Summertime is here and many of those who have a pool opened it for the season and those don't have pools will either be hitting up a friend's pool or heading to public pools.  If you’re one of the people who have plans to visit a public swimming pool at some point this summer, there’s something important that you definitely need to know.

Can you guess what the number one problem in public pools is? Number two. Yeah, that kind of number two. A study conducted by the CDC found that almost 60% of public swimming pools contain traces of fecal matter.  Pretty disgusting.

If you've ever wondered why it's so important to hop in the shower before hitting the pool, this nugget from the CDC might clear things up,

"Finding a high percentage of E. coli-positive filters indicates swimmers frequently contaminate pool water when they have a fecal incident in the water or when feces rinse off of their bodies because they do not shower thoroughly before getting into the water."

Experts say that E. coli bacteria can wind up in the water due to accidents or from traces of fecal matter on swimmers.  While most pool water samples were found not to contain E. coli germs that could cause illness, this info will probably still make you think twice before diving in this summer, right?

If you've been struggling to get your kids to listen to you about not drinking or putting pool water in their mouths, maybe toss this stat their direction. I think it's safe to say that they'll think twice before dipping their head down for a drink.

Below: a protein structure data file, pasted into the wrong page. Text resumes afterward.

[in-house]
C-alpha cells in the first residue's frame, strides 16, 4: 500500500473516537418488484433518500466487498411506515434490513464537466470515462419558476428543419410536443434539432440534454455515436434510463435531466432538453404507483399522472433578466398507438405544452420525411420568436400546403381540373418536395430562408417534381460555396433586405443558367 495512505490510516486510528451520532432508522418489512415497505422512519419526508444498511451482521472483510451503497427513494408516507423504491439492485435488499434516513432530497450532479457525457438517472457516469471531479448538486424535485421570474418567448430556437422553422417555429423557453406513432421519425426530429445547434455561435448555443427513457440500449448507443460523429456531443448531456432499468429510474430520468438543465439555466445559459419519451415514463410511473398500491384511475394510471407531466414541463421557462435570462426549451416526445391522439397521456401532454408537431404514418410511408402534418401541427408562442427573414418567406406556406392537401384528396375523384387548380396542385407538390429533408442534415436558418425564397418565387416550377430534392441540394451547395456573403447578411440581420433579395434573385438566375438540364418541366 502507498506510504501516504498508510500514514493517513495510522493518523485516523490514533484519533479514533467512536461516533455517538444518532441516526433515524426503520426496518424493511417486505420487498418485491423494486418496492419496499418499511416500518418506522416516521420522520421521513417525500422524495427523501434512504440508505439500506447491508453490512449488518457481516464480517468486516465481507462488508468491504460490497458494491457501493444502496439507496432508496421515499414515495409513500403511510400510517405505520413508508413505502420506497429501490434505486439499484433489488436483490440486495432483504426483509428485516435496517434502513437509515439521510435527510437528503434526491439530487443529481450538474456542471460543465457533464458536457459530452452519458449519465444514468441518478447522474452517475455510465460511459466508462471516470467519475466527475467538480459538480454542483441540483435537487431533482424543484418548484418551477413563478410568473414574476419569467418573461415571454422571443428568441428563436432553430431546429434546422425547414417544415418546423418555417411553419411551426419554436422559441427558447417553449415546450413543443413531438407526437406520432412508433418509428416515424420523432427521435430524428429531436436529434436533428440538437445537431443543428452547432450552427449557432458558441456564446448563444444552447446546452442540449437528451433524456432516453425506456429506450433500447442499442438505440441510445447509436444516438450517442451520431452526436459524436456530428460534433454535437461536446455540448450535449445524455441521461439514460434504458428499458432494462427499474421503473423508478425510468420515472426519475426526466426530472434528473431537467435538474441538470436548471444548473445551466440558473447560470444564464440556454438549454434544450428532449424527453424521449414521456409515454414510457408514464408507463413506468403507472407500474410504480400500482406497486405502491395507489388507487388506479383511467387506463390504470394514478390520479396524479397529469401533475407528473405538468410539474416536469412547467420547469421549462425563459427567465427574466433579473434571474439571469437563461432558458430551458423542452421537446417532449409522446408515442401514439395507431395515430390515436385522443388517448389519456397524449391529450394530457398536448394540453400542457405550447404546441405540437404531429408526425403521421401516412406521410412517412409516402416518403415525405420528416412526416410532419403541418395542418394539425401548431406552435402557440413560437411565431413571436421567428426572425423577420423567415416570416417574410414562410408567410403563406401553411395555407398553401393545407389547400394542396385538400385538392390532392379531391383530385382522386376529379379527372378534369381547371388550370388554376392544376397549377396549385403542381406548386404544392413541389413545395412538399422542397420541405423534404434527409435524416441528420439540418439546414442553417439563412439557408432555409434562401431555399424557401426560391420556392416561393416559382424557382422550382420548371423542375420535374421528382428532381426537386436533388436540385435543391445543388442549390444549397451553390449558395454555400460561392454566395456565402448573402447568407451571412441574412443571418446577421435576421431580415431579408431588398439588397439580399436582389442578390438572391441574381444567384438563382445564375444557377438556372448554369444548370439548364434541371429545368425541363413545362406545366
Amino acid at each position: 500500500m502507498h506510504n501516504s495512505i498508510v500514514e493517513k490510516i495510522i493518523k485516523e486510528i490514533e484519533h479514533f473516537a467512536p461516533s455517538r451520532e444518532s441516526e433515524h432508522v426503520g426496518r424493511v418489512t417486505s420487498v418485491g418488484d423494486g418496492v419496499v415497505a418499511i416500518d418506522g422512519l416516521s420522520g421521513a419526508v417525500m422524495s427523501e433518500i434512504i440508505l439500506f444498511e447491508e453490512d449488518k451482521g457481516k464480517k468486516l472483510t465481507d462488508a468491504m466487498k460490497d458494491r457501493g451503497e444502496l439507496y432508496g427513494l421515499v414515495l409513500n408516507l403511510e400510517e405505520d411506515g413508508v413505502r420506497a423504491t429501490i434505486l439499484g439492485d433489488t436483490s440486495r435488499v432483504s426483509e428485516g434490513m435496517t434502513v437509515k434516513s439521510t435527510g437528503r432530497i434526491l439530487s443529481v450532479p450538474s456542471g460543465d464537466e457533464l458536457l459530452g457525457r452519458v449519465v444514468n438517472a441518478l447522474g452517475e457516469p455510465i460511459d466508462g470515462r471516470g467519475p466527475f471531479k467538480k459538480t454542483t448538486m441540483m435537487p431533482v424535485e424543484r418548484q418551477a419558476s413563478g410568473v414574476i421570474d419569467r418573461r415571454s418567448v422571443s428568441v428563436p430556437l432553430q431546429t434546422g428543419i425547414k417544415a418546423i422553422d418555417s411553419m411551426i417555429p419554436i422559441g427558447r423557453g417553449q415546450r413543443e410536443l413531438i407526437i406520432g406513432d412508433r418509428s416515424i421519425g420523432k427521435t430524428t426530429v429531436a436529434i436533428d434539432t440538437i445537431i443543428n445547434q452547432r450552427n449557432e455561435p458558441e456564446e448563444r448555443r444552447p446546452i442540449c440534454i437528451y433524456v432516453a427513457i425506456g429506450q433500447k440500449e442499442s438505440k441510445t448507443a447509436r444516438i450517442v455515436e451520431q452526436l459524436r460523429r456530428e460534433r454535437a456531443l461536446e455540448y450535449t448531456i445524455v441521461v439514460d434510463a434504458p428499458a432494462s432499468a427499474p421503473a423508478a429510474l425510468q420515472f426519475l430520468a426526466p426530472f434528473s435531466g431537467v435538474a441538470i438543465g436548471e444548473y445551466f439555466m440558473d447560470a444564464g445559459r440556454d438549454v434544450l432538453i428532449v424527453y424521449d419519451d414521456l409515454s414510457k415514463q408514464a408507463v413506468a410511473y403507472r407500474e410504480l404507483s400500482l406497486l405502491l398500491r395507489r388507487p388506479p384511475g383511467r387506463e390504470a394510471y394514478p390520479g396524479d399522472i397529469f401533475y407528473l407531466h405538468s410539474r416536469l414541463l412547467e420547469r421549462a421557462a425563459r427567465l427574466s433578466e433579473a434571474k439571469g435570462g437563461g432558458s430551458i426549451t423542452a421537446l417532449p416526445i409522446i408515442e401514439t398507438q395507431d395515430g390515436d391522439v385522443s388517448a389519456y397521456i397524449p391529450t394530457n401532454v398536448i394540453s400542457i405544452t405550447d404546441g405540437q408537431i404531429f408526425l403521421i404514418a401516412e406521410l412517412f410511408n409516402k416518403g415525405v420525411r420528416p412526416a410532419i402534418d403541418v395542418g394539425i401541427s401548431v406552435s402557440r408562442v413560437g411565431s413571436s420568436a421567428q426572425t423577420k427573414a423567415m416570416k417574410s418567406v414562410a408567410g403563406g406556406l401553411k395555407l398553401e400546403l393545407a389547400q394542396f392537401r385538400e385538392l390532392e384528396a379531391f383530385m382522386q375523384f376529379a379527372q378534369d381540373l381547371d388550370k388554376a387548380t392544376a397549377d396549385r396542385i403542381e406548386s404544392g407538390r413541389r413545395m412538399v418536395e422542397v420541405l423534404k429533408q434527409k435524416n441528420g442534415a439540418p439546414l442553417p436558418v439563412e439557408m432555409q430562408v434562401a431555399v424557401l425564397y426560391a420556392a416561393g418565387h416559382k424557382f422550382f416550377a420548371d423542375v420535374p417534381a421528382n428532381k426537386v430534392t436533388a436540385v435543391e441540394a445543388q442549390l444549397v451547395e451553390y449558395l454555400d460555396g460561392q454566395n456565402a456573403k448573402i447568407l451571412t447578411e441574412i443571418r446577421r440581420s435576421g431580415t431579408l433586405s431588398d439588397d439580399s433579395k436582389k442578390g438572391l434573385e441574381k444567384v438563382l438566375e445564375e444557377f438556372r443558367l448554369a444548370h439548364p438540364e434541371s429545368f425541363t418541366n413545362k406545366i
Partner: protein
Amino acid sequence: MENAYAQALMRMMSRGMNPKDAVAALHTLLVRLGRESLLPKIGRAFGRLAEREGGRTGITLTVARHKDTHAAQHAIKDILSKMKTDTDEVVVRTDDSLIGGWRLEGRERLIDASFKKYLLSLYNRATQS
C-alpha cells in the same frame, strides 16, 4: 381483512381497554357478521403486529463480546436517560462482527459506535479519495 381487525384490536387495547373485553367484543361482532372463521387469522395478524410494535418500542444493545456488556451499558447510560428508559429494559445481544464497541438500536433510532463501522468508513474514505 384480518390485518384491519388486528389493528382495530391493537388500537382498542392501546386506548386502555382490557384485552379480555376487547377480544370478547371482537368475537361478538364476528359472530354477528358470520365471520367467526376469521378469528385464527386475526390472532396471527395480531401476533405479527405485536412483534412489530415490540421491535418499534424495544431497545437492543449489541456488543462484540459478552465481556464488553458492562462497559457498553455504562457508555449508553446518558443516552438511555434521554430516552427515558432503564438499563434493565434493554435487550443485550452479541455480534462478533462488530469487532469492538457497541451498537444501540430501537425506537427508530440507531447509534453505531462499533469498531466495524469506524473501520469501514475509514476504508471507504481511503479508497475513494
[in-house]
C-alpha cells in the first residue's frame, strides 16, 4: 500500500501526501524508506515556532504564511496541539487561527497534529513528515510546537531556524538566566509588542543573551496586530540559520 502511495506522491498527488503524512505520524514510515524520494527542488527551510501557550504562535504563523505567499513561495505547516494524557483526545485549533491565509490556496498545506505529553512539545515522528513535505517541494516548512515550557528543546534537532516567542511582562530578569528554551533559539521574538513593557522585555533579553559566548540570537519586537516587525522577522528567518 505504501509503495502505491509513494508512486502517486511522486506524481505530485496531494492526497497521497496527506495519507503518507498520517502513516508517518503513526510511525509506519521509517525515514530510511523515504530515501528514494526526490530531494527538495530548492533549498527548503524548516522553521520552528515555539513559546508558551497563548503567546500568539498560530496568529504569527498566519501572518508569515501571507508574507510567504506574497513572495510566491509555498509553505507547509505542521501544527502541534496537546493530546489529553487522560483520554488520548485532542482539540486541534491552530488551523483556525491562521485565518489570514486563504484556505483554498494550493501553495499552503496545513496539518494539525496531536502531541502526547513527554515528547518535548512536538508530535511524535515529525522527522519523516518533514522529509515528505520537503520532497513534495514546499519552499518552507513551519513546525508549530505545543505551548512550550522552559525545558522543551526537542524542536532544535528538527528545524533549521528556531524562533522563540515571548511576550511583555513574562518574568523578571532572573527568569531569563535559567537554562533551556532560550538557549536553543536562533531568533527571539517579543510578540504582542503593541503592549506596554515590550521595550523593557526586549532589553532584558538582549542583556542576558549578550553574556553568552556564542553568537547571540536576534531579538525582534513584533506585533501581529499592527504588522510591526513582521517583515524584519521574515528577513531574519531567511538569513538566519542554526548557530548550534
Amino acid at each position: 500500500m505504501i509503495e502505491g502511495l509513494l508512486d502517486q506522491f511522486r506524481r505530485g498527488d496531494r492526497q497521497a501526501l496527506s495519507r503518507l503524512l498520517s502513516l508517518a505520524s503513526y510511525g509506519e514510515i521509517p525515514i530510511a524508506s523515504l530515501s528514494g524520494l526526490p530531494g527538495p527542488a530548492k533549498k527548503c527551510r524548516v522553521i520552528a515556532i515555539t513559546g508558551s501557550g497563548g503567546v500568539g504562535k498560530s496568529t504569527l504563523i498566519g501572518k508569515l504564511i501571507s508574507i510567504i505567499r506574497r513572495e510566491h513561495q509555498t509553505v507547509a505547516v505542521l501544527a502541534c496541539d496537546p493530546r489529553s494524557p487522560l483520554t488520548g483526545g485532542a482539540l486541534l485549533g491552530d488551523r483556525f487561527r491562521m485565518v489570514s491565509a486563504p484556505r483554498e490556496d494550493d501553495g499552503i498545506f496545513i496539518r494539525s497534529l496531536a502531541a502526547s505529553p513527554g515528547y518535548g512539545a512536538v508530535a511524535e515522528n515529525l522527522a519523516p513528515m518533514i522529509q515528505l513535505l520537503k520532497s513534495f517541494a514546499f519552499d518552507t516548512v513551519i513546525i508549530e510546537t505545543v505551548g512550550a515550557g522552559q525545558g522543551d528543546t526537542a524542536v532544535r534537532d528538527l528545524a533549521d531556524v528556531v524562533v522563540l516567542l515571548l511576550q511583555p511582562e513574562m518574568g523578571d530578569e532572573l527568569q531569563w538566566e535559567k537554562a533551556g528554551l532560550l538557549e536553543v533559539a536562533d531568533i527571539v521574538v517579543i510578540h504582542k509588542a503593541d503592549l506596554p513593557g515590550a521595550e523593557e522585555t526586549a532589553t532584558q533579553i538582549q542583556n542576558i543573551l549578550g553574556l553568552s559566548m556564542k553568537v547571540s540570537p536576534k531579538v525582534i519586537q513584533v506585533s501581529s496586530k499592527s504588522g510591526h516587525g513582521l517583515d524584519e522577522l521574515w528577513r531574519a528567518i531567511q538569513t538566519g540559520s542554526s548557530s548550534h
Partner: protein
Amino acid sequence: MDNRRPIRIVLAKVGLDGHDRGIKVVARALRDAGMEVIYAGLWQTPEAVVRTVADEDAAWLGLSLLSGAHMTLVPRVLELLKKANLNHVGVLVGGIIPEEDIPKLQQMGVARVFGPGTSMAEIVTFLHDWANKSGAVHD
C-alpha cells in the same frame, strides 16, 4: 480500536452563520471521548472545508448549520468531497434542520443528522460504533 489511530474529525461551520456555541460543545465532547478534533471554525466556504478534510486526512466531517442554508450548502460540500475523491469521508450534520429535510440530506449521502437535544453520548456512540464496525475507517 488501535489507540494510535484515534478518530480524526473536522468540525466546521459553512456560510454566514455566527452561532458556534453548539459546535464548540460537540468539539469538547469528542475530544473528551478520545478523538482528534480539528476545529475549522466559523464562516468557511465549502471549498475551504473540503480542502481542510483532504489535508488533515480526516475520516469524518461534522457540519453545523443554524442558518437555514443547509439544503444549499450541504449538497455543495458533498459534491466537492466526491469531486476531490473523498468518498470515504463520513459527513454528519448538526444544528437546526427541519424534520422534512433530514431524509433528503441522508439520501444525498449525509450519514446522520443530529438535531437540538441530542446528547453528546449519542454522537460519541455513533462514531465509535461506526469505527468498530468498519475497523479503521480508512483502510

Also, if you're a parent and you've vowed that you're going to start paying closer attention to the warnings that the CDC issues on things from food recalls to information on things like the condition of the water your kids are swimming in, I encourage you to do what I've done - use mobile technology to your advantage. I mean, that's what it's there for, right? The CDC has a slew of apps, but my favorite right now is the straight up CDC mobile app. With everything that's been happening lately with food recalls, it's nice to get alerts right away so that I don't have to worry after the fact that maybe I've fed my kid something that could be harmful.

[via CDC]

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